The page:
Now, according to estimates by the University's department of Earth and Atmospheric Sciences, each acre of Marcellus Shale is worth approximately $30,000 over the course of the next 10-15 years. That's assuming roughly 6,000,000 cubic feet of gas per acre and a payment of $5 per thousand cubic feet. And prices have jumped around between $3 and $8 in the past couple of years.

So in Tompkins County alone, Cornell could yield $330 MM over the next ten to fifteen years from Marcellus Shale drilling. That's $30 MM a year for the next ten years, or around a quarter of the University's structural $135MM deficit, or just about the cost of the University's increased financial aid packages in recent years.

The question, of course, is whether or not that is worth the cost of potential drinking water contamination and all of the associated health risks. Interestingly, the same Cornell report indicates that wind power actually would produce 25% more energy per acre than drilling. The difference of course, is that wind power is clean and endless.

Matthew Nagowski | February 15, 2010 (#)

An Open Letter to the Lynah Faithful

Hockey games start at 7PM in the evening. Not at 7:10. Not 7:20. Section A should not be 75 percent empty when the puck drops, let alone when the starters are introduced or the Canadian national anthem is played.

I know I am sounding like a crotchety old alum, but part of the Lynah experience is being in the barn before the hockey game starts. If we're not going to win on the ice, at least we can win in the stands.

That said, I was pleased that most of you seemed to know the lyrics to My Old Cornell. The Yale fans that I was sitting with were impressed.

Late Update: Discussion has continued on eLynah and on Elie's blog.

Matthew Nagowski | February 14, 2010 (#)

The End of the Student Aid Bubble?

We've been following the news out of Hanover simply because their 14 percent structural deficit makes Cornell's budgetary problems seem a bit Lilliputian. (As opposed to Princeton's, which are microscopic.)

So it's interesting to note that Dartmouth has decided that its students can begin to shoulder a heavier loan burden:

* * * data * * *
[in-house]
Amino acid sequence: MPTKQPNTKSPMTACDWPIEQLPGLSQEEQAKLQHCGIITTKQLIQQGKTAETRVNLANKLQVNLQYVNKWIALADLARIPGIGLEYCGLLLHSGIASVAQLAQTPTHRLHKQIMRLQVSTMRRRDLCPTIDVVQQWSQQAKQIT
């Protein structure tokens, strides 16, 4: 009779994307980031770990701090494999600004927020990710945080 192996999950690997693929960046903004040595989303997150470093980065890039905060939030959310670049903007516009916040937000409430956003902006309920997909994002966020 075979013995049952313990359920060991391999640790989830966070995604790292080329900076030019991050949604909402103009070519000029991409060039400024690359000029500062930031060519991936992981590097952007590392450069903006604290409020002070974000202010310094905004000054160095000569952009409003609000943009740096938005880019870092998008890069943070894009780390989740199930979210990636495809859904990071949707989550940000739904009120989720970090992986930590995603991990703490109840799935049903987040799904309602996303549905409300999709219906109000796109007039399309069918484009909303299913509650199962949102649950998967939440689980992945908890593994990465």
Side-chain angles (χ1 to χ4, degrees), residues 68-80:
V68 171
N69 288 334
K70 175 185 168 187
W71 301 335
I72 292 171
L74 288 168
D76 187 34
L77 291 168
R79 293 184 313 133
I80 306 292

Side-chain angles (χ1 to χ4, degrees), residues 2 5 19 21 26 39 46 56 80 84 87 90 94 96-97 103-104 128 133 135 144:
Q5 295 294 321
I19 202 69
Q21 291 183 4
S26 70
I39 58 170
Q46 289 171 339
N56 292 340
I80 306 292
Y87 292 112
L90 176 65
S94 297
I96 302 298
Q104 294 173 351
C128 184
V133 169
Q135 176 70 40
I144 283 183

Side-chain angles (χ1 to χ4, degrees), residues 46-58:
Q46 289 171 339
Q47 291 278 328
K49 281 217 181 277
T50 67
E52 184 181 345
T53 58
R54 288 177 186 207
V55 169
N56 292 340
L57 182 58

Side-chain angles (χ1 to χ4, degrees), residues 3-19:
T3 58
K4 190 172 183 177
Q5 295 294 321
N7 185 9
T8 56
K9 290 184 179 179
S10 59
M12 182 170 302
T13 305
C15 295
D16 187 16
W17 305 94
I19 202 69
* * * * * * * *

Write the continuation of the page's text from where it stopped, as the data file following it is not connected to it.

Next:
Dartmouth College announced Monday that it is restoring loans to the aid packages of students from families whose incomes exceed $75,000 -- ending a no-loans policy that was announced with much fanfare two years ago. Dartmouth will continue to exclude loans from the aid packages of those with smaller family incomes and will continue to be "need blind" in admissions, meaning that financial need will not be taken into consideration in admissions decisions.

The announcement by Dartmouth was part of a package of spending cuts designed to deal with a $100 million "structural deficit" the college faces. Students currently on financial aid or those admitted this year (who would have applied believing they were exempt from loans in aid packages) will be grandfathered into the no-loans approach.

Dartmouth's announcement comes a week after Williams College moved away from its no-loans policy, although Williams will also continue to offer its lowest-income students packages that do not include loans.

We'll start counting how many other schools end up having to cut their aid pools. Cornell's own aid pool for undergraduates has grown by $40MM in the last five years. For his part, Skorton has continued to pledge that student aid will not be touched.

We may start to see schools with substantial merit aid programs, like WashU, begin to cut these funds. It can certainly help to close budget gaps without any painful staff or faculty layoffs.

Interestingly, Cornell now has a more generous no-loan policy than Dartmouth:

The following year, 2009-10, the program will take full effect by eliminating need-based loans for students from families with incomes up to $75,000, and capping annual loans at $3,000 for students from families with income between $75,000 and $120,000.

Dartmouth currently wins around 65 percent of the common admits with Cornell. This may change if Cornell can afford to keep its current aid policy.

One final thought: By shifting more of the student tuition burden back onto loans, Dartmouth is just helping to feed the lurking student loan bubble -- and with a continued bleak employment outlook for most graduates, we're still waiting for that one to pop.

Matthew Nagowski | February 09, 2010 (#)

New Budget Model to Require Charter Change

One of the big changes to the University's budget in coming years will be the implementation of a new budget model. The new model will be a significant deviation from current practice in that all undergraduate tuition will be pooled centrally and then disbursed to the colleges by the Provost. Currently, most of the colleges at Cornell "own" their own tuition: